Weekly fetal ultrasound examination and adequate surveillance led to a safe delivery of a healthy baby without any complications.
The hallmark of the disease is the presence of binucleated erythroblasts in bone marrow. Like any other dyserythropoietic anaemia, it is associated with marked increase in dietary iron absorption and progressive iron overload with a suppressed serum hepcidin, which is not evident until symptoms of secondary haemochromatosis occur, affecting the liver, heart, pancreas and other organs. Evidently, haemosiderosis occurs even in non-transfusion dependent patients. Because of menstruation, females develop haemochromatosis later than males, usually post menopause. Other complications include splenomegaly and gallstones. Anaemia is usually mild, and many patients do not require transfusions, except for pregnancy and in case of infections. Less frequently intense extramedullary haemopoiesis can lead to the development of paravertebral masses. Diagnosis is made by the characteristic findings of peripheral blood and bone marrow, the positive acid haemolysis test (HAM test), sodium dodecyl sulfate polyacrylamide gel electrophoresis (SDS-PAGE) electrophoresis for the analysis of red blood cell membrane protein glycosylation, and the SEC23B gene sequencing. If the latter method is available, then SDS-PAGE can be omitted. The acid haemolysis test has largely been abandoned by most laboratories. The differential diagnosis includes other haemolytic anaemias such as congenital spherocytic anaemia, paroxysmal nocturnal hemoglobinuria, chronic non-spherocytic haemolytic anaemia due to G-6PD deficiency, autoimmune haemolytic anaemia, and anaemias with ineffective erythropoiesis like thalassemia and myelodysplastic syndromes. Congenital spherocytic anaemia - the most common misdiagnosis - is easily distinguished by the absence of anisopoikilocytosis and the higher percentage of reticulocytes, in advance of more specific tests such as osmotic fragility and protein electrophoresis .
The management of CDA consists of transfusions when the haemoglobin decreases below 7 g/dl, or according to clinical symptoms and early prophylaxis from iron overload by phlebotomy, or iron chelating agents. Transfusion-dependent patients or those with massive splenomegaly may benefit from splenectomy. Allogeneic haematopoietic stem transplantation has been successfully used in three severely anaemic patients.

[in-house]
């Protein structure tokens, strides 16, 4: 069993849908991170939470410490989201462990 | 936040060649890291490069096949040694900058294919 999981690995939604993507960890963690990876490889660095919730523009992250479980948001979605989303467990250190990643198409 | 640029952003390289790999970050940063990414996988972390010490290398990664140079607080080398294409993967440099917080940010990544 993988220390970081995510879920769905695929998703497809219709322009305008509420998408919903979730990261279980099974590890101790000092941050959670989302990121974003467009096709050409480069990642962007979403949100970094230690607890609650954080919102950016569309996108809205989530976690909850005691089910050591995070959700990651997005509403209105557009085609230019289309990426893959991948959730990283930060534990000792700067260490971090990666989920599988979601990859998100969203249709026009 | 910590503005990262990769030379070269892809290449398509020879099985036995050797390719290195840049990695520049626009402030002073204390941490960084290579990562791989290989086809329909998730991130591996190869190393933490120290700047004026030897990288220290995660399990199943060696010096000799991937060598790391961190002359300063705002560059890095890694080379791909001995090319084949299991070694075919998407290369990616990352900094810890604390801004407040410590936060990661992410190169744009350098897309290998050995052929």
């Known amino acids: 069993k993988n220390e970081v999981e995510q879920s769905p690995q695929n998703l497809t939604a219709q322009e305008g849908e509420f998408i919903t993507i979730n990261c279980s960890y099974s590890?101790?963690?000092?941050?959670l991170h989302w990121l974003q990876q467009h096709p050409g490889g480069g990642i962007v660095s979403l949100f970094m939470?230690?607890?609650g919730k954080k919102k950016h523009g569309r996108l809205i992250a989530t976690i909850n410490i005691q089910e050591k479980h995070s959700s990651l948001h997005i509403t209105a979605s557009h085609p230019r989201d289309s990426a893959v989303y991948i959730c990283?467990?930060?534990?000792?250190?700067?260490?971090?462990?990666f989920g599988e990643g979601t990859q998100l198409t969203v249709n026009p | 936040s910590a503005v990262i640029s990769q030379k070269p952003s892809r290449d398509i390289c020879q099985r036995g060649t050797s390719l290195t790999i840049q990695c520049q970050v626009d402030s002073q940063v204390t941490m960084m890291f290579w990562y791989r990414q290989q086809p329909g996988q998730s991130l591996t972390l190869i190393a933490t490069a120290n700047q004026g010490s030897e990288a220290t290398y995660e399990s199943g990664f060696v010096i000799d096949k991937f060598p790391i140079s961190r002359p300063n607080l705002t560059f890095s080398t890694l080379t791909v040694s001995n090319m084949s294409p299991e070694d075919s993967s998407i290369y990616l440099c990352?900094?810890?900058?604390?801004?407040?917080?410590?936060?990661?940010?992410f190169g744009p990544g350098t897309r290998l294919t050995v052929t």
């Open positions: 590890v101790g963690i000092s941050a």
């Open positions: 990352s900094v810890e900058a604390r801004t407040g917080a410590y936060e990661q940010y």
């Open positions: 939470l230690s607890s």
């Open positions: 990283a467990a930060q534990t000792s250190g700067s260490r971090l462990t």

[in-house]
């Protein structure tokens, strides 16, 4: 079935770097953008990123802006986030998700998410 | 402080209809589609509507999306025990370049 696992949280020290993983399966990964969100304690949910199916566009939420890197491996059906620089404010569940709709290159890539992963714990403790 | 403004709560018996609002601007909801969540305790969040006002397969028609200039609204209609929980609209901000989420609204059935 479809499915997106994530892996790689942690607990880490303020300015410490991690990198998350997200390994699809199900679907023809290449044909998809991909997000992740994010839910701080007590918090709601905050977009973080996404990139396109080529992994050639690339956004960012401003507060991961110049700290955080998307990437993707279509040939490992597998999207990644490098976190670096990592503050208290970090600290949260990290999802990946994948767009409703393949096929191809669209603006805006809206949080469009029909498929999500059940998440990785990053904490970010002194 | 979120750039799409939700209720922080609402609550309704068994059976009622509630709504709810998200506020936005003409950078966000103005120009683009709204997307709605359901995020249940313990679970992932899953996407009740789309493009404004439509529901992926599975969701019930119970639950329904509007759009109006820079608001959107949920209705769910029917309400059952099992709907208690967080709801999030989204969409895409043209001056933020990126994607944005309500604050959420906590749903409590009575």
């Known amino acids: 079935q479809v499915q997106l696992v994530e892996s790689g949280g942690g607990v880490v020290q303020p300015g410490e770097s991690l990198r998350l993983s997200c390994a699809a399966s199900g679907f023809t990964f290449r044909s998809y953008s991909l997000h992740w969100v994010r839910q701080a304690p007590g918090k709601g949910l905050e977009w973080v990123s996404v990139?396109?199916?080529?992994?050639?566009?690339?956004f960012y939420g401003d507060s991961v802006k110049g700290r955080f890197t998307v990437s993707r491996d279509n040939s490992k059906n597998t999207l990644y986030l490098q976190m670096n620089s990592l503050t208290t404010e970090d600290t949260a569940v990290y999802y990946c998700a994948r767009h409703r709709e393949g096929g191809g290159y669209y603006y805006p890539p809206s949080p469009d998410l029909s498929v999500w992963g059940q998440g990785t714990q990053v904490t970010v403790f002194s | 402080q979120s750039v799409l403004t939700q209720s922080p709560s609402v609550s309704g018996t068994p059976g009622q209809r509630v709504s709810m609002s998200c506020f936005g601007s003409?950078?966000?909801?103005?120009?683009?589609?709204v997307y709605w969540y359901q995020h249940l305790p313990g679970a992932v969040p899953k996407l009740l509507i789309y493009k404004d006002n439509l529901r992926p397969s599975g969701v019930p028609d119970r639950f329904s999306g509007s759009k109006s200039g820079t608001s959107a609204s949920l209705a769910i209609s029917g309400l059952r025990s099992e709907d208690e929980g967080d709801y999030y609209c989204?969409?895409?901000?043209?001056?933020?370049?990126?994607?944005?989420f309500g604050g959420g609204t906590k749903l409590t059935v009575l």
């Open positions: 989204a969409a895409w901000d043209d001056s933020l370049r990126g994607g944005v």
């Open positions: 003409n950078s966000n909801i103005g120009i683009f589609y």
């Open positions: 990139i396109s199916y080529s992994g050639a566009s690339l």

Pregnancy can aggravate anaemia, like in our patient, and increase the need for transfusions. This case underlines the important role of a correct diagnosis of a haemolytic anaemia being present in pregnancy. Iron supplementation, which is usually prescribed for pregnant women, would have been disastrous for this patient. In addition, the proper close follow-up with transfusions as needed may prevent the effects of severe anaemia, like the low birth weight or immaturity. This diagnosis, however very rare, can easily be reached with the aid of a haematologist in a tertiary centre.
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Diagnosis and Management of Congenital Dyserythropoietic Anaemia Type II in a Secundigravida
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Cite this article as:
Christoforidou A, Fasoulakis Z, Kontomanolis E N (October 31, 2017) Diagnosis and Management of Congenital Dyserythropoietic Anaemia Type II in a Secundigravida. Cureus 9(10): e1811. doi:10.7759/cureus.1811
Received by Cureus: June 26, 2017
Peer review began: August 03, 2017
Peer review concluded: October 26, 2017
Published: October 31, 2017
© Copyright 2017
Christoforidou et al. This is an open access article distributed under the terms of the Creative Commons Attribution License CC-BY 3.0., which permits unrestricted use, distribution, and reproduction in any medium, provided the original author and source are credited.
This is an open access article distributed under the terms of the Creative Commons Attribution License, which permits unrestricted use, distribution, and reproduction in any medium, provided the original author and source are credited.